6 ETF investment ideas for 2023

After a year that most investors would probably rather forget in 2022, conditions appear challenging again as we enter 2023. Inflation remains high throughout most of the developed world, central banks continue to turn the screws on interest rates, and the spectre of a US-led global recession looms large over markets. A survey of economists by Bloomberg is now suggesting a 70% chance of a recession in 20231.

Source: Bloomberg.

While Betashares Chief Economist, David Bassanese, puts the chance lower than this at 50%, risks appear skewed to the downside.

In conditions like these, a focus on defence, patience, and quality can pay off for investors.

With this in mind, here are six ETF investment ideas to consider in 2023.

Defence

When it comes to playing defence in a diversified portfolio, government bonds have traditionally played a key role. Long term government bonds suffered last year as interest rates and yields increased to fight inflation.

Calendar year movements in benchmark 10-year yields (in basis points)

Source: Bloomberg, Betashares.

As at the time of writing though, market pricing suggests that most of the global monetary tightening is behind us. Inflation is also priced in to fall sharply over the next 12 months. If markets are correct about this, and the much-touted US recession does occur, this could create favourable conditions for a rally in bonds.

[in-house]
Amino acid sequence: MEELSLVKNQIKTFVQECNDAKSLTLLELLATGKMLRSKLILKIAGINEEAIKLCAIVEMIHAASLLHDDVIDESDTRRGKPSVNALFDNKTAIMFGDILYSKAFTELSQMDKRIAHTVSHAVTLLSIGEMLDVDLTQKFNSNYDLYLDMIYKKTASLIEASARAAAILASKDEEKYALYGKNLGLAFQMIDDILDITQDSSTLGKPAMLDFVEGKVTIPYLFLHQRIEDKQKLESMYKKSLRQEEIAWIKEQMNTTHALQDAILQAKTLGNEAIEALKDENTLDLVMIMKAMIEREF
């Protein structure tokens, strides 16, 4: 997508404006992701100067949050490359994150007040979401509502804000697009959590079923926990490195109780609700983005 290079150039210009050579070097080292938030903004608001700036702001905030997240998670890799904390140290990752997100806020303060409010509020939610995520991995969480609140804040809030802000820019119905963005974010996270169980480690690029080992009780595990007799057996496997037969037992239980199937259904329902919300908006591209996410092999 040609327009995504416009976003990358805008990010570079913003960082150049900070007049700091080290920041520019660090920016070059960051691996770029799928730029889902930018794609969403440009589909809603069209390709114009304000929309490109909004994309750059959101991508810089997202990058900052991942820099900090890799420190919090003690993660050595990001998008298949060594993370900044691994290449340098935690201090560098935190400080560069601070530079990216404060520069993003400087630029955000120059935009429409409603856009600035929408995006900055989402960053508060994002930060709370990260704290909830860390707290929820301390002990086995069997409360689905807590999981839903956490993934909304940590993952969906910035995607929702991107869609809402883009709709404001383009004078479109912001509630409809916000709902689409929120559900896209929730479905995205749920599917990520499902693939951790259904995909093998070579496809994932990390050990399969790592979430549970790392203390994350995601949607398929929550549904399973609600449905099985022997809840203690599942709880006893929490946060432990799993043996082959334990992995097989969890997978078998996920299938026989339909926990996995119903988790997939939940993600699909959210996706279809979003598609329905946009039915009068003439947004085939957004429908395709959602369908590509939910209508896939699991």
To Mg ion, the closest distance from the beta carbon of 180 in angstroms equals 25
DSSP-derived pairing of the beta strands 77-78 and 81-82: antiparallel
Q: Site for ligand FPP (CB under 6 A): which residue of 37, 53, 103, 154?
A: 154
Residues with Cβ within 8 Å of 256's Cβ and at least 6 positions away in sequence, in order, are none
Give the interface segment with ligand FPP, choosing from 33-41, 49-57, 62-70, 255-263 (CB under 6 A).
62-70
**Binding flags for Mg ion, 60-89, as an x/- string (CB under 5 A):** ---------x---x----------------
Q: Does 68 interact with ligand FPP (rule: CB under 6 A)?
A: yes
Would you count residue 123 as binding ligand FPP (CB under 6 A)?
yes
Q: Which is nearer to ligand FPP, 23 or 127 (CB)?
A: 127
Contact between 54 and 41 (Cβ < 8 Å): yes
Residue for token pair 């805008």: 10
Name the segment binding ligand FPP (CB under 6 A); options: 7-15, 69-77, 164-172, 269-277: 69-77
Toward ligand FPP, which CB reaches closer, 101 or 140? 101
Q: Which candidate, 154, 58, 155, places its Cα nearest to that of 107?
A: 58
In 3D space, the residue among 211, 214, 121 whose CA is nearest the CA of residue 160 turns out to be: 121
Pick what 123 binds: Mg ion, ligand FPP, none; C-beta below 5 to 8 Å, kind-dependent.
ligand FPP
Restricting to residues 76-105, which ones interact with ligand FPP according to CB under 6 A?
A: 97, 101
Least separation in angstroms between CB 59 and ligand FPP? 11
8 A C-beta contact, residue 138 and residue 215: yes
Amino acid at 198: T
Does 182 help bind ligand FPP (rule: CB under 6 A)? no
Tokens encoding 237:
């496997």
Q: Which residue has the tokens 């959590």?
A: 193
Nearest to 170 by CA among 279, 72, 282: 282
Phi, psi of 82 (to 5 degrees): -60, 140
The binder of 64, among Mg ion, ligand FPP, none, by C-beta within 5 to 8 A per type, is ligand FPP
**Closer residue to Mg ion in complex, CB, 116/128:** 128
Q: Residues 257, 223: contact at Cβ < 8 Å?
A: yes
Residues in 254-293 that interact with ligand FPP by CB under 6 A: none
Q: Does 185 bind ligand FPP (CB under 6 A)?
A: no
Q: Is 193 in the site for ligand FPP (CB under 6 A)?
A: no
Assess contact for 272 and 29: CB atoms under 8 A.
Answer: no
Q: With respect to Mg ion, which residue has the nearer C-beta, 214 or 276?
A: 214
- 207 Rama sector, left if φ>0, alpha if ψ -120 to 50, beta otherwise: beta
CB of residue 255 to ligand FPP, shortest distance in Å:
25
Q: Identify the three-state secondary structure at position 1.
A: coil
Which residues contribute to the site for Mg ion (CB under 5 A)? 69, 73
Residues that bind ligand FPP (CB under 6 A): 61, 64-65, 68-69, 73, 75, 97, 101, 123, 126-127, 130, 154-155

High-quality, long term government bonds are well placed for this scenario. Long term government bonds (i.e. those with a long modified duration) are highly sensitive to changes in interest rates, meaning that even small changes in rates can create relatively large moves in the price of the bonds.

1. Betashares U.S. Treasury Bond 20+ Year ETF – Currency Hedged (ASX code: GGOV) offers the longest duration exposure of any Betashares fixed income product. It invests in high quality, long-dated US Treasury bonds. The addition of currency hedging also means that investors are generally not exposed to fluctuations in the AUD/USD exchange rate. As at 31 January 2023, GGOV’s yield to maturity is 3.6 %

2. Betashares Australian Government Bond ETF (ASX code: AGVT) offers exposure to a portfolio of high-quality bonds issued predominantly by Australian state and federal governments. While the duration is not as long, the credit quality and potential for attractive yield make it a useful defensive exposure for those with a preference for investing locally. As at 31 January 2023 AGVT’s yield to maturity is 3.94%

Patience

For those who are uncertain about the future direction of interest rates, there is another option – get ‘paid to wait’.